Independent News For The Australian Public Service
Edition Number 417. Updated Tuesday, 08 July 2014

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News in brief

Call for search and rescue heroes

Nominations have opened for the annual Australian Search and Rescue Award.

The Australian Search and Rescue Award has been presented since 1996 by the National Search and Rescue Council, which is made up of representatives from the Australian Maritime Safety Authority (AMSA), Australian Defence Force and State and Territory Police services.

The deadline for nominations is 31 July 2014.

Nomination forms are available from the Council at this PS News link.

Australia Post mounts up

Australia Post is to issue a new equestrian focused stamp issue featuring dressage, cross-country and showjumping, polocrosse and pony club.

Philatelic Manager at Australia Post, Michael Zsolt said: "We trust collectors and especially equine enthusiasts will jump at the opportunity to collect these equestrian-themed stamps and the associated products."

Phil Ellett from Creative Ethos designed the stamps which use photographs by Bronwen Healy (dressage) and Julie Wilson (cross-country, showjumping, polocrosse, and pony club).

The Equestrian Events stamp issue is available from 15 July 2014.

Arts funding for the regions

The Regional Arts Fund has announced funding worth almost $900,000 for 68 projects in regional and remote communities as the first of two Community Grants funding rounds for 2014.

The projects supported range from $20,000 for Darwin Community Arts Incorporated's Reading the Signs theatre production dealing with the day-to-day difficulties of communication faced by people living with disability to $3,500 for Tasmania's Fiona Stewart who will go into Mary Hutchinson Women's Prison as a theatre maker to create a show about women "inside".

The full list of recipients can be found at this PS News link.

Australia seals trade deal with Japan

Australia has signed an Economic Partnership Agreement with Japan after seven years of negotiations.

Minister for Trade and Investment, Andrew Robb said the deal "affords Australia major concessions across a range of areas, most notably services and agriculture".

The agreement will enter into force after the completion of domestic legal and parliamentary processes by both countries, including consideration by the Joint Standing Committee on Treaties.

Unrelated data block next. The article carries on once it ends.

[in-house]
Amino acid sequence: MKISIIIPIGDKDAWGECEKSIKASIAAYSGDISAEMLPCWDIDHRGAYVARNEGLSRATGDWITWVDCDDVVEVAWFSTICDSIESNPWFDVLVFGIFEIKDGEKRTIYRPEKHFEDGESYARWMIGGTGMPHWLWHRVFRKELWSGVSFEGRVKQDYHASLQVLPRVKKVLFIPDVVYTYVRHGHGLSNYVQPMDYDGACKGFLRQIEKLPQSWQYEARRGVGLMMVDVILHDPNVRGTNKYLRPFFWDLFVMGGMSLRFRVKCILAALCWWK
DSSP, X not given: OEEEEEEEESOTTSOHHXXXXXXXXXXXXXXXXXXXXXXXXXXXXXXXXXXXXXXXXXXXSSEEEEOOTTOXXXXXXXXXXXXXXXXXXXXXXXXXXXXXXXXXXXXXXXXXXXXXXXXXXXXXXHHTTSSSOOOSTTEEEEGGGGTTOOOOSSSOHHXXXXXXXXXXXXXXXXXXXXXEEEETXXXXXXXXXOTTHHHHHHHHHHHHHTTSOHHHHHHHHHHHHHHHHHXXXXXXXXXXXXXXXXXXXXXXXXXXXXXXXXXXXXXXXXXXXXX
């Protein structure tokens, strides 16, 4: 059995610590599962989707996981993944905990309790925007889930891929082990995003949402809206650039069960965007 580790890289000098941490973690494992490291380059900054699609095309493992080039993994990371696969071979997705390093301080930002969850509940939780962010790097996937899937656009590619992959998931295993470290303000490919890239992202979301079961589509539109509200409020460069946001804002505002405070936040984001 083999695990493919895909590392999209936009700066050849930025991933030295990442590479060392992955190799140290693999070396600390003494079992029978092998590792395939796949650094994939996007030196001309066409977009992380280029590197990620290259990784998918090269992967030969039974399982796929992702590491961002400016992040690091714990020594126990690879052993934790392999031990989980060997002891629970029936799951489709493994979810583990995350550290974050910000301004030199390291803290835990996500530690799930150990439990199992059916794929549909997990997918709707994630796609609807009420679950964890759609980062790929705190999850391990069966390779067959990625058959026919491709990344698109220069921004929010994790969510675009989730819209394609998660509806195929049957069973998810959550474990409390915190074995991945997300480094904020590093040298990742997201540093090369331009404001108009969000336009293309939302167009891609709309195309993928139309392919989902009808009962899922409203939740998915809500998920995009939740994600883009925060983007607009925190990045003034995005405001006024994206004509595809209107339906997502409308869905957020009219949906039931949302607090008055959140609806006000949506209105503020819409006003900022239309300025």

The full text and supporting documents can be accessed from the Department of Foreign Affairs and Trade at this PS News link.

Earlier this week

Anzac art on march

Applications are now open for the Government's Anzac Centenary Arts and Culture Fund Public Grants Program.

The Minister for the Arts, Senator George Brandis said that the creative projects funded through this program would commemorate the Centenary of the First World War and the service and sacrifice of Australians in all war efforts.

Grants of up to $100,000 for national, State and Territory cultural institutions and $50,000 for artists, organisations and community groups are available for a wide range of arts and culture projects.

Guidelines for applicants are available at this PS News link and applications close at 5pm on 10 September 2014.

Treaty targets criminals

Australia and Vietnam have signed a treaty to enhance mutual legal assistance in criminal matters.

Minister for Foreign Affairs, Julie Bishop said the Treaty outlined that not only would the countries work together to catch criminals but would also work together to deprive them of the proceeds of their crimes.

''The strength of Australia and Vietnam's crime cooperation partnership is demonstrated by the signing the mutual legal assistance treaty, as well as the Treaty on extradition, which entered into force this year; and the International Transfer of Prisoners Treaty, which has been in force since 2009,'' Ms Bishop said.

Archives, ABC in digibooks splash

The National Archives of Australia has collaborated with ABC Splash, an educational portal launched 18 months ago, and opened its vault of archival treasures to uncover historical gems for the creation of three digibooks.

These collections, which include the White Australia game, a handprint of an Australian-born 'prohibited immigrant', a confidential Cabinet minute and a letter from school children supporting Aboriginal rights, align with the Australian Curriculum: History, for students in years 6 and 10.

The digibooks explore the White Australia policy in Dictation to Restrict Immigration and Indigenous Australians' rights in Vincent Lingiari the Leader and Righting Wrongs in the 1967 Referendum.

Links to the publications can be found on the Archives website at this PS News link.

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